Rhode Island voters head to polls in primary elections Wednesday. RIPR political analyst Scott MacKay has been thinking about what’s at stake as candidates jockey for positions in the November midterm elections.
Wednesday’s primary elections will make or break candidates from the Statehouse to town halls and decide the direction of state’s Republican and Democratic parties for the next two years.
For both parties, the top contest is the governorship, where the establishment candidates—Democratic Gov. Gina Raimondo and Republican Cranston Mayor Allan Fung—are the favorites.
Raimondo, Rhode Island’s first woman governor, has benefitted from low unemployment and a growing economy. Yet she has faced challenges, including low job approval ratings, the failure of a state digital system dealing with food stamp and nursing home benefits and the loss of the Pawtucket Red Sox baseball team to Massachusetts. And she has governed as a centrist at a time when insurgent liberals have gained traction in primaries nationally this year.
Raimondo has refused to debate her two challengers, Matt Brown, a former secretary of state, and Spencer Dickinson, a onetime state representative from South Kingstown. Brown is running to Raimondo’s left, pushing such issues as single-payer health care and renewable energy. He is hoping to harness the progressive energy that fueled Bernie Sanders’ 2016 presidential primary victory over Hillary Clinton in the state.
While Raimondo has spent about $4 million, much of it on television commercials, Brown has had difficulty raising money and putting together an organization. He has relied on a grass-roots effort, collaborating with environmental and liberal groups. In a primary where organized labor has historically been influential, Brown hasn’t attracted much union support while Raimondo has endorsements from the building trades and service employees.
On the Republican side, Fung has his party’s endorsement and faces competition from two Republicans, House Minority Leader Patricia Morgan and Giovanni Feroce, a former state senator with a business background. Fung, too, has sought to limit debates; he agreed to just one on a small Woonsocket radio station in mid-afternoon. The Cranston mayor has also limited interactions with reporters, brushing away questions on such prickly topics as abortion and the Trump presidency.
The other campaign that has drawn statewide interest is lieutenant governor on the Democratic side, where State Rep. Aaron Regunberg, a Providence liberal known for his advocacy of paid family leave, abortion rights and gun control, is challenging incumbent Dan McKee. Unlike Brown, Regunberg has raised money, run television spots and attracted labor support.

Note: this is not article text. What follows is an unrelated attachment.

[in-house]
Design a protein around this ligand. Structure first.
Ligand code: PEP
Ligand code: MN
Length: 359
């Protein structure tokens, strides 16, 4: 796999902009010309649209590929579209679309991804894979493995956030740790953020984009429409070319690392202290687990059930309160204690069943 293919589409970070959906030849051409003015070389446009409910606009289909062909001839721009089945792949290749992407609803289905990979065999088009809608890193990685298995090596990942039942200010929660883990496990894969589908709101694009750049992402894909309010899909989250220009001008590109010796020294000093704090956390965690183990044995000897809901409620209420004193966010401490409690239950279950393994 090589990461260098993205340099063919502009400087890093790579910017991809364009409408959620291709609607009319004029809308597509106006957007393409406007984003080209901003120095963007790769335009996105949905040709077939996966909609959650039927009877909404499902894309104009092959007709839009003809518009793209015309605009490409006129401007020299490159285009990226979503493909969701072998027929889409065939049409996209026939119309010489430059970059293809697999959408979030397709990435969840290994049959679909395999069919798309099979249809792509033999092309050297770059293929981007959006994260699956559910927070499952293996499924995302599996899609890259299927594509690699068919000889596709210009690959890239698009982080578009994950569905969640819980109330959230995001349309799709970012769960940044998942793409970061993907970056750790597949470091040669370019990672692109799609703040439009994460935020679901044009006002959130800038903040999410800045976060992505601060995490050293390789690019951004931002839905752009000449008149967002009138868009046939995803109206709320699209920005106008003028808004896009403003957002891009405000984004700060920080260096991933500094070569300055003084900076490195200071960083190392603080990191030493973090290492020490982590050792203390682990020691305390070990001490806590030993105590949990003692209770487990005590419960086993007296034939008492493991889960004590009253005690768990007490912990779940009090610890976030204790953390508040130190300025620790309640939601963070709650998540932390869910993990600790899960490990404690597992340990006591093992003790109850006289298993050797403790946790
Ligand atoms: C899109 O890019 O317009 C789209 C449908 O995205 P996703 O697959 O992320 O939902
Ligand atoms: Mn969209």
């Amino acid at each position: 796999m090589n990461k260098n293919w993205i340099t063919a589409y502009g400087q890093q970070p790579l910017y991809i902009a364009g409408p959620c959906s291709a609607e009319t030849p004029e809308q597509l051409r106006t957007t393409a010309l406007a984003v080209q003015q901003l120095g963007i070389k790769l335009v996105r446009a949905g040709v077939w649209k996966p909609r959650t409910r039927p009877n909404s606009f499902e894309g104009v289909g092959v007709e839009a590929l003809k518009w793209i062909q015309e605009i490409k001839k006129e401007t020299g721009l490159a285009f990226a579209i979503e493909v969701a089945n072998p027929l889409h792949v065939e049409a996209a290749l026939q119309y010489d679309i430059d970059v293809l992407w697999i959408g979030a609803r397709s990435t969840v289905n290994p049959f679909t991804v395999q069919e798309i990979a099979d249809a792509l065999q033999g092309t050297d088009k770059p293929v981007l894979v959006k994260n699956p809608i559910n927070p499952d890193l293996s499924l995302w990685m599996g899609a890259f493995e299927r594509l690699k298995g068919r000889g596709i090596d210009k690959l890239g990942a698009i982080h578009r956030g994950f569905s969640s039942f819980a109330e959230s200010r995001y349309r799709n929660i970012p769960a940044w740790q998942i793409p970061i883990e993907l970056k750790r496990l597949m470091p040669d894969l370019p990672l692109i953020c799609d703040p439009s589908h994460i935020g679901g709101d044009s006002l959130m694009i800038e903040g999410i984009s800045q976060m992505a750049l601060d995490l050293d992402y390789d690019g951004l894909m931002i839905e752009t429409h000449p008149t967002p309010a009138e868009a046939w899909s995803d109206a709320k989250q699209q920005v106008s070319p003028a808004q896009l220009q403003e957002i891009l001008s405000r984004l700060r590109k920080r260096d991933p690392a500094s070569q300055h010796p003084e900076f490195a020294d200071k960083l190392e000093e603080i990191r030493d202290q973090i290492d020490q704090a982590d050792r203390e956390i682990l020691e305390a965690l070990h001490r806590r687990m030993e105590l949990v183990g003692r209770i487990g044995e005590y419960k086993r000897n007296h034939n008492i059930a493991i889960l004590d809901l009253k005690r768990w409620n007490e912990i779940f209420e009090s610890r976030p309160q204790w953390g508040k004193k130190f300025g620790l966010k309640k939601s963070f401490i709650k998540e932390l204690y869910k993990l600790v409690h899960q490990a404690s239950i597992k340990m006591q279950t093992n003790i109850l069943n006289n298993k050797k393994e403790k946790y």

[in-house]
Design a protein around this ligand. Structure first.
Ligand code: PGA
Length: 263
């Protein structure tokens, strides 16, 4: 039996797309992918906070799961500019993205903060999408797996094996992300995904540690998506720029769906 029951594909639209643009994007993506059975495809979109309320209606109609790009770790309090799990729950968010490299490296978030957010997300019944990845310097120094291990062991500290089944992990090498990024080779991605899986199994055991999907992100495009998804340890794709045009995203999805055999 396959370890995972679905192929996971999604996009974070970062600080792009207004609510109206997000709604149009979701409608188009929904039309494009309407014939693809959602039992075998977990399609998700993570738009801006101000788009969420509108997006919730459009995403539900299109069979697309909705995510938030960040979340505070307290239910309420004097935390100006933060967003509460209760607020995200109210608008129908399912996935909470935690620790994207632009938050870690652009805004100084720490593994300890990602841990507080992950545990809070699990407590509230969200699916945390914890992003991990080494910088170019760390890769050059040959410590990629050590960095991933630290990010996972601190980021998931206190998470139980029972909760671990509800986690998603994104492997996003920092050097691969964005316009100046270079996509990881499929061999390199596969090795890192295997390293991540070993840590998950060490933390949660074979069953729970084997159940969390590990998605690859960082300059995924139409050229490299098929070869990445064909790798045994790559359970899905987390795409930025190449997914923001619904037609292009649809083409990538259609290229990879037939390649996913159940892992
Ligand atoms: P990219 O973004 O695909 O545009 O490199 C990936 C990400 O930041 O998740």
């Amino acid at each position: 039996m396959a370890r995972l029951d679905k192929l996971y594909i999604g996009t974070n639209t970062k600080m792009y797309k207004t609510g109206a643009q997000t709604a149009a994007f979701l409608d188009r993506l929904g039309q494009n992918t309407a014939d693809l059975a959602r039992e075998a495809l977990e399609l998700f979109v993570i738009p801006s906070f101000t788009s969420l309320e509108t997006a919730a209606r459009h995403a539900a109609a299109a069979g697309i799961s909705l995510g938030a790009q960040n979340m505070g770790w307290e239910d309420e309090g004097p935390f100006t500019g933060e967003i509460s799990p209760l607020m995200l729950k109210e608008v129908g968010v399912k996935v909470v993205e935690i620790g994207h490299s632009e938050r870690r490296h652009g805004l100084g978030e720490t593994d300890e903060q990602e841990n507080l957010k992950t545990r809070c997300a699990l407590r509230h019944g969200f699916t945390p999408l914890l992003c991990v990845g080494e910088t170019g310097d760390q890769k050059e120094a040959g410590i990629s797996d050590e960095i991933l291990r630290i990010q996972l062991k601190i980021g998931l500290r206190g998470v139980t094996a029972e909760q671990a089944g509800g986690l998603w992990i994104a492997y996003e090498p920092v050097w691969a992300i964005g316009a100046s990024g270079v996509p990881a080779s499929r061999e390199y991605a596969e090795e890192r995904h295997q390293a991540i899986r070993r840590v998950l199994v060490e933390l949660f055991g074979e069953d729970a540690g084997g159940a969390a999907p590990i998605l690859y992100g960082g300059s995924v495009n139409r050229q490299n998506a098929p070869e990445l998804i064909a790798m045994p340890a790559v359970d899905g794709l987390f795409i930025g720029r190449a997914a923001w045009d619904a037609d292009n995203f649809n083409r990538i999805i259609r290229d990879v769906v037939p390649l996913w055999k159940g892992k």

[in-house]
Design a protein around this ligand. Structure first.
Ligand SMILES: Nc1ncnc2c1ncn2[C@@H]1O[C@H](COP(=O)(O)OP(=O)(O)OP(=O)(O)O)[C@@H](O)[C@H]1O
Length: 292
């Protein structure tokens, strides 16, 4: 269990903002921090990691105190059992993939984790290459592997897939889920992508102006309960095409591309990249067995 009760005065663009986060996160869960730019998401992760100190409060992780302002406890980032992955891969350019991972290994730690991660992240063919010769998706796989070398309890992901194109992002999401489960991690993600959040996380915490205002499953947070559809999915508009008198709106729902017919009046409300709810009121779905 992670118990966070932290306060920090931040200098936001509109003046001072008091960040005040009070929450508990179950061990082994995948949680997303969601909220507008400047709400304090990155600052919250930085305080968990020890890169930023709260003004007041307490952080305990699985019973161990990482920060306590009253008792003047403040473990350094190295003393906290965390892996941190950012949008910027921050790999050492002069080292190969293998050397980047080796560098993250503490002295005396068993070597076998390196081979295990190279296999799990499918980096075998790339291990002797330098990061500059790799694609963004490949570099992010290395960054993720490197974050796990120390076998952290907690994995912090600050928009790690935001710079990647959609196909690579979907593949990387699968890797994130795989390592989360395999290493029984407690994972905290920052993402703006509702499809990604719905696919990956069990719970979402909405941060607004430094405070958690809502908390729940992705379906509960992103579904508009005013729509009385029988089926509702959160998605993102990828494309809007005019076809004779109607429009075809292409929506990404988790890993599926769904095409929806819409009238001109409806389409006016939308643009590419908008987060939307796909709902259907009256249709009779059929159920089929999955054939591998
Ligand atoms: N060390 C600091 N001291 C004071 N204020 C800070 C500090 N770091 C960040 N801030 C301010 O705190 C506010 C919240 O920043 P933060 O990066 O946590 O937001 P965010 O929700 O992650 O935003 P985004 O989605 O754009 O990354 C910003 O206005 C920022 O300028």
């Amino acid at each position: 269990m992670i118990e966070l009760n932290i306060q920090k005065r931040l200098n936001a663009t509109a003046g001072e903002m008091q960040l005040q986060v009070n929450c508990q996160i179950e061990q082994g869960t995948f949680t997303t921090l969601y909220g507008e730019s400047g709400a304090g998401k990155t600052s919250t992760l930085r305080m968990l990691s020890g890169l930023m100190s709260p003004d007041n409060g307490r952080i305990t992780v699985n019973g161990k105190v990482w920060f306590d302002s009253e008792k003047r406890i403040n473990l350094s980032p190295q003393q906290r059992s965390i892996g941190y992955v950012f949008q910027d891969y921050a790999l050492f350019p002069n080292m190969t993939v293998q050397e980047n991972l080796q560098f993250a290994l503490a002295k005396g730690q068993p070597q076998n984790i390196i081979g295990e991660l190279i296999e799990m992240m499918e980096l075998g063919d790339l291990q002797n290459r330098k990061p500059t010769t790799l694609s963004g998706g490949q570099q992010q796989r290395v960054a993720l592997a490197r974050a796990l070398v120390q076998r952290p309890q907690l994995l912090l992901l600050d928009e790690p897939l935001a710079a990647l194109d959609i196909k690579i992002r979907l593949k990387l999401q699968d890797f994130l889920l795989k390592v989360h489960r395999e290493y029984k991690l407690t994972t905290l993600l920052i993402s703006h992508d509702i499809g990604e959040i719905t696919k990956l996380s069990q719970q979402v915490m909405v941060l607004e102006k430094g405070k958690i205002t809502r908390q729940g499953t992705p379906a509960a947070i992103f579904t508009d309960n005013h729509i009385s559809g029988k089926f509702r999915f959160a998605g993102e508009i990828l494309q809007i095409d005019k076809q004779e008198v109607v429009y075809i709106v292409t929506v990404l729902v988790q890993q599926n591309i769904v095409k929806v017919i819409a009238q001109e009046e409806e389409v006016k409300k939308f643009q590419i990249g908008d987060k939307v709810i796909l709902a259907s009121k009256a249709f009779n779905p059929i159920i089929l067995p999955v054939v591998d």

A major unknown is turnout. In 2014, almost 130,000 Democratic voters cast ballots in the three-way race won by Raimondo. Fung won the primary comfortably in a turnout of about 32,000.
On Wednesday, there are few of the urban mayoral primaries that generate votes in Rhode Island. Four years ago there was a spirited Providence mayoral primary. Now, Mayor Jorge Elorza is expected to cruise to renomination over two underfinanced challengers in the capital city.
The modern turnout record of about 170,000 for a Democratic governor primary occurred in 1990, when outsider Bruce Sundlun won a three-way election over the mayors of Warwick and Providence. The highest GOP participation, about 45,000, came in 1994 when U.S. Attorney Lincoln Almond defeated Then-Congressman Ron Machtley, now president of Bryant University.
On this week’s ballot is a slate of progressive General Assembly candidates challenging Democratic establishment candidates. These progressives are driven by liberal stances on labor, environmental and abortion rights issues. A factor in the statewide campaigns is where these progressive voters go in the governor and lieutenant governor elections.
No Rhode Island governor has lost a renomination primary since 1994, when incumbent Sundlun fell to State Sen. Myrth York.
While Raimondo’s campaign predicts a strong turnout, pollster Joe Fleming of WPRI television isn’t so sure. He says the lack of urban mayoral campaigns and the view that the favorites will win may keep Democratic turnout under 100,000 and Republican participation at 25,000 or so. Because activists usually vote, Raimondo’s camp says it is pushing turnout to ensure that she has a solid double-digit margin. Fung’s ability to churn out Cranston voters is a hurdle for his opponents in a small voter pool.
As the Bible says, the race isn’t always to the swift and strong. But that’s the way to bet.
Scott MacKay’s commentary can be heard every Monday morning at 6:45 and 8:45 and at 5:44 in the afternoon. You can also follow his political reporting and analysis at our “On Politics” blog at RIPR.org